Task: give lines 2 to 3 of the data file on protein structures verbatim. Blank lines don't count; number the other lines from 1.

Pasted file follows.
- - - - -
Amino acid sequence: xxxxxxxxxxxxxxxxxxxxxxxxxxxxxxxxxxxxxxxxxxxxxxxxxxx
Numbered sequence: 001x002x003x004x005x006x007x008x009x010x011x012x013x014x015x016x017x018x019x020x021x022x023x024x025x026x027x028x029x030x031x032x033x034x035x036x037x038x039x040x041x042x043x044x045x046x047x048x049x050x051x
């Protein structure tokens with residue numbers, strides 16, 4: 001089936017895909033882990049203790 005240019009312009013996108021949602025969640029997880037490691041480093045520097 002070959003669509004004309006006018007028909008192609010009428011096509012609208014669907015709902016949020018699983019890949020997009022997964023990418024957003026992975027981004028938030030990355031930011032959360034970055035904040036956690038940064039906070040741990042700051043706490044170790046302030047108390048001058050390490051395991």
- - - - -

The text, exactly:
Numbered sequence: 001x002x003x004x005x006x007x008x009x010x011x012x013x014x015x016x017x018x019x020x021x022x023x024x025x026x027x028x029x030x031x032x033x034x035x036x037x038x039x040x041x042x043x044x045x046x047x048x049x050x051x
């Protein structure tokens with residue numbers, strides 16, 4: 001089936017895909033882990049203790 005240019009312009013996108021949602025969640029997880037490691041480093045520097 002070959003669509004004309006006018007028909008192609010009428011096509012609208014669907015709902016949020018699983019890949020997009022997964023990418024957003026992975027981004028938030030990355031930011032959360034970055035904040036956690038940064039906070040741990042700051043706490044170790046302030047108390048001058050390490051395991």